CSP needs large amount of direct solar radiation, its energy generation falls with cloud cover. This is in contrast with photovoltaics, which can produce electricity from diffuse radiation. However, the advantage of CSP over PV is that as a thermal technology, running a conventional thermal power block, a CSP plant can store the heat of solar energy in molten salts, which enables these plants to continue to generate electricity whenever it is needed, whether day or night; this makes CSP a dispatchable form of solar. This is valuable in places where there is a high penetration of PV, such as California because an evening peak is being exacerbated as PV ramps down at sunset. CSP has other uses than electricity. Researchers are investigating solar thermal reactors for the production of solar fuels, making solar a transportable form of energy in the future; these researchers use the solar heat of CSP as a catalyst for thermochemistry to break apart molecules of H2O, to create hydrogen from solar energy with no carbon emissions.
By splitting both H2O and CO2, other much-used hydrocarbons – for example, the jet fuel used to fly commercial airplanes – could be created with solar energy rather than from fossil fuels. In 2017, CSP represented less than 2% of worldwide installed capacity of solar electricity plants. However, in recent years falling prices of CSP plants are making this technology competitive with other base-load power plants using fossil and nuclear fuel in high moisture and dusty atmosphere at sea level, such as the United Arab Emirates. Base-load CSP tariff in the dry Atacama region of Chile reached below ¢5.0/kWh in 2017 auctions. A legend has it that Archimedes used a "burning glass" to concentrate sunlight on the invading Roman fleet and repel them from Syracuse. In 1973 a Greek scientist, Dr. Ioannis Sakkas, curious about whether Archimedes could have destroyed the Roman fleet in 212 BC, lined up nearly 60 Greek sailors, each holding an oblong mirror tipped to catch the sun's rays and direct them at a tar-covered plywood silhouette 49 m away.
The ship caught fire after a few minutes. In 1866, Auguste Mouchout used a parabolic trough to producе steam for the first solar steam engine; the first patent for a solar collector was obtained by the Italian Alessandro Battaglia in Genoa, Italy, in 1886. Over the following years, invеntors such as John Ericsson and Frank Shuman developed concentrating solar-powered dеvices for irrigation, refrigеration, locomоtion. In 1913 Shuman finished a 55 HP parabolic solar thermal energy station in Maadi, Egypt for irrigation; the first solar-power system using a mirror dish was built by Dr. R. H. Goddard, well known for his research on liquid-fueled rockets and wrote an article in 1929 in which he asserted that all the previous obstacles had been addressed. Professor Giovanni Francia designed and built the first concentrated-solar plant, which entered into operation in Sant'Ilario, near Genoa, Italy in 1968; this plant had the architecture of today's power tower plants with a solar receiver in the center of a field of solar collectors.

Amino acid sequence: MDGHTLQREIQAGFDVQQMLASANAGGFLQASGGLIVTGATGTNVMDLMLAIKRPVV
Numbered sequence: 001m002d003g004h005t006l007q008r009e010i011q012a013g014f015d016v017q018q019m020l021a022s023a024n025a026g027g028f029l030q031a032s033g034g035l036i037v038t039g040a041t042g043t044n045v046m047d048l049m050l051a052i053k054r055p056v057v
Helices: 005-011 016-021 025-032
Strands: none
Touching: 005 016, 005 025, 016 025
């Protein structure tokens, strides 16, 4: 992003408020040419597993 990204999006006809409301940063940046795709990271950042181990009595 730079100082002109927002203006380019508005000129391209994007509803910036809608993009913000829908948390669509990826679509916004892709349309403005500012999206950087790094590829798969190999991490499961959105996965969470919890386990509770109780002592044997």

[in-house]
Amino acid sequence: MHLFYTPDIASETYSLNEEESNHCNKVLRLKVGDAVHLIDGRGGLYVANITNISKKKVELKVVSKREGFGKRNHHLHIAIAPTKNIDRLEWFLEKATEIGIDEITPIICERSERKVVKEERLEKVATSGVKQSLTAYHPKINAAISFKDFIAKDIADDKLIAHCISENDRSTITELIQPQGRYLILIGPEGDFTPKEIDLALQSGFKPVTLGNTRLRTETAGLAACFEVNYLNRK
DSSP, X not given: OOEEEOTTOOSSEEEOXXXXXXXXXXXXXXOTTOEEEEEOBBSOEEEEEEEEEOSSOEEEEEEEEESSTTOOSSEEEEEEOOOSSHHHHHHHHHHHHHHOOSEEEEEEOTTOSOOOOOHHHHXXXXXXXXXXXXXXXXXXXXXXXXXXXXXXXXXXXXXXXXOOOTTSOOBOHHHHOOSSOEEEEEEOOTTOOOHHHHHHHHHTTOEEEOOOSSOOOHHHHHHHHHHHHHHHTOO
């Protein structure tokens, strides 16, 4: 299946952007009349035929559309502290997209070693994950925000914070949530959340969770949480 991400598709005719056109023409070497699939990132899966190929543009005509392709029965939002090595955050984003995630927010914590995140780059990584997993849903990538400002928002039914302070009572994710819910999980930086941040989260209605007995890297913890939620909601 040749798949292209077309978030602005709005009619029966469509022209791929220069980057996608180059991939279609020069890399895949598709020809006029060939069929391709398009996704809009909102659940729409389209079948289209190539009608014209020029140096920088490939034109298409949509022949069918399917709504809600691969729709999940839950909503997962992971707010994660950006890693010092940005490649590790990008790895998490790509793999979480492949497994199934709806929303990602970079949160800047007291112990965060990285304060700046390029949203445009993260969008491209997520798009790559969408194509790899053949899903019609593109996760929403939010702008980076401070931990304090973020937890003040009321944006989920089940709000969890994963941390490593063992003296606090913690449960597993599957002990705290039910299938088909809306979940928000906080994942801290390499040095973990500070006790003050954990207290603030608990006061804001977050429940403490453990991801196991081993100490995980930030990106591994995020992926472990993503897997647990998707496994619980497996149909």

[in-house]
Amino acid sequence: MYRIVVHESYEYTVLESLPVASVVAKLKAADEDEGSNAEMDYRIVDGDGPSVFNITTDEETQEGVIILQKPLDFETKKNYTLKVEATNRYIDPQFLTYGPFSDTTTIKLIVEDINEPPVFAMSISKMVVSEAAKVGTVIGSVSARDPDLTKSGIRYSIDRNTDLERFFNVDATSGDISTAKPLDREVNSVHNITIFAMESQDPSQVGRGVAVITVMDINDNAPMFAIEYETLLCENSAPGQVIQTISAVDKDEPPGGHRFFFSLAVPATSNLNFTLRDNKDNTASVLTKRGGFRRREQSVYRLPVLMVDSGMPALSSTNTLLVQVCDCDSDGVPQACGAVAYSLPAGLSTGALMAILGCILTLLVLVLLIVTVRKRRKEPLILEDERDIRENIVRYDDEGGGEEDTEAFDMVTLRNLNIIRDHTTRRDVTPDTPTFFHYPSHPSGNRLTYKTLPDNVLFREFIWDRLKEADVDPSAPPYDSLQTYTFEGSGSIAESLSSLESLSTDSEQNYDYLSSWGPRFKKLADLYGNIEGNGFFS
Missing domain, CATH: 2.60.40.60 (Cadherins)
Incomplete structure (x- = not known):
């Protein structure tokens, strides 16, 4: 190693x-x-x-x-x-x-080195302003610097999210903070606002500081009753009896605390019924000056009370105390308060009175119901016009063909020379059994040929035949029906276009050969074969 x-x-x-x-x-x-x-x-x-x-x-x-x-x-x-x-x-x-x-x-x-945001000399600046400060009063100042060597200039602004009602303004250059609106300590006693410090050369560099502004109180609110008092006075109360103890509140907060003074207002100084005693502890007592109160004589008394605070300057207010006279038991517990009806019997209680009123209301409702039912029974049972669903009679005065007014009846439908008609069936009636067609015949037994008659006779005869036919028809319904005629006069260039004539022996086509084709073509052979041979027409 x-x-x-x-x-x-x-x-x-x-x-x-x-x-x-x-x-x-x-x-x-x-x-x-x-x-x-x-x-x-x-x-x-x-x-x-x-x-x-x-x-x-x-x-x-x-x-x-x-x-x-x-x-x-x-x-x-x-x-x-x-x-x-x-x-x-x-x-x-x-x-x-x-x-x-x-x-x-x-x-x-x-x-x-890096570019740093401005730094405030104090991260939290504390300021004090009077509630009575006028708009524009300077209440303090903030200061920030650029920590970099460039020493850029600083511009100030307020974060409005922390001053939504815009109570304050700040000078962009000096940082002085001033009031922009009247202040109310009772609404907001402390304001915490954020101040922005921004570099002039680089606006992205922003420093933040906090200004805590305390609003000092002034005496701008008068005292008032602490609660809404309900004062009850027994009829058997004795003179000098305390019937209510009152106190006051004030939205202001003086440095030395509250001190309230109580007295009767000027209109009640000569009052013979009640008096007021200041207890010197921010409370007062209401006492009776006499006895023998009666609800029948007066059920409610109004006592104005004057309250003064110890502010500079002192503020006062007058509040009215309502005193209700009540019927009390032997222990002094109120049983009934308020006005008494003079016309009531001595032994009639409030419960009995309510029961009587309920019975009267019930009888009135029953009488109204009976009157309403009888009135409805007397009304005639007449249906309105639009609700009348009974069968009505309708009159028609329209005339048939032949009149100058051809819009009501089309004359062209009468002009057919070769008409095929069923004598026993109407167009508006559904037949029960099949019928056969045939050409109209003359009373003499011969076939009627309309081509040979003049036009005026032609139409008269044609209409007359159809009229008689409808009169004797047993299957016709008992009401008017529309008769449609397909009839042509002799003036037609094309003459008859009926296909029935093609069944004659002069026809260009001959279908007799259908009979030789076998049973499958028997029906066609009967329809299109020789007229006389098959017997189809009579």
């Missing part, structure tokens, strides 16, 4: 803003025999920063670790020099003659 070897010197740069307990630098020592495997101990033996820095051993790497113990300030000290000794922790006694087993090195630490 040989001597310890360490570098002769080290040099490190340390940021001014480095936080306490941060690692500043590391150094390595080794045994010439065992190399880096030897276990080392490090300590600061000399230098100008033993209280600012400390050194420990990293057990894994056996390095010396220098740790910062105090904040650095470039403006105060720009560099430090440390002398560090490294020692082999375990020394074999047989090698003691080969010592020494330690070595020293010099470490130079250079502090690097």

The plant was able to produce 1 MW with superheated steam at 100 bar and 500 °C. The 10 MW Solar One power tower was developed in Southern California in 1981. Solar One was converted into Solar Two in 1995, implementing a new design with a molten salt mixture as the receiver working fluid and as a storage medium; the molten salt approach proved effective, Solar Two operated until it was decommissioned in 1999. The parabolic-trough technology of the nearby Solar Energy Generating Systems, begun in 1984, was more workable; the 354 MW SEGS was the largest solar power plant in the world, until 2014. No commercial concentrated solar was constructed from 1990 when SEGS was completed until 2006 when the Compact linear Fresnel reflector system at Liddell Power Station in Australia was built. Few other plants were built with this design although the 5 MW Kimberlina Solar Thermal Energy Plant opened in 2009. In 2007, 75 MW Nevada Solar One was built, a trough design and the first large plant since SEGS.
Between 2009 and 2013, Spain built over standardized in 50 MW blocks. Due to the success of Solar Two, a commercial power plant, called Solar Tres Power Tower, was buil
General Services Administration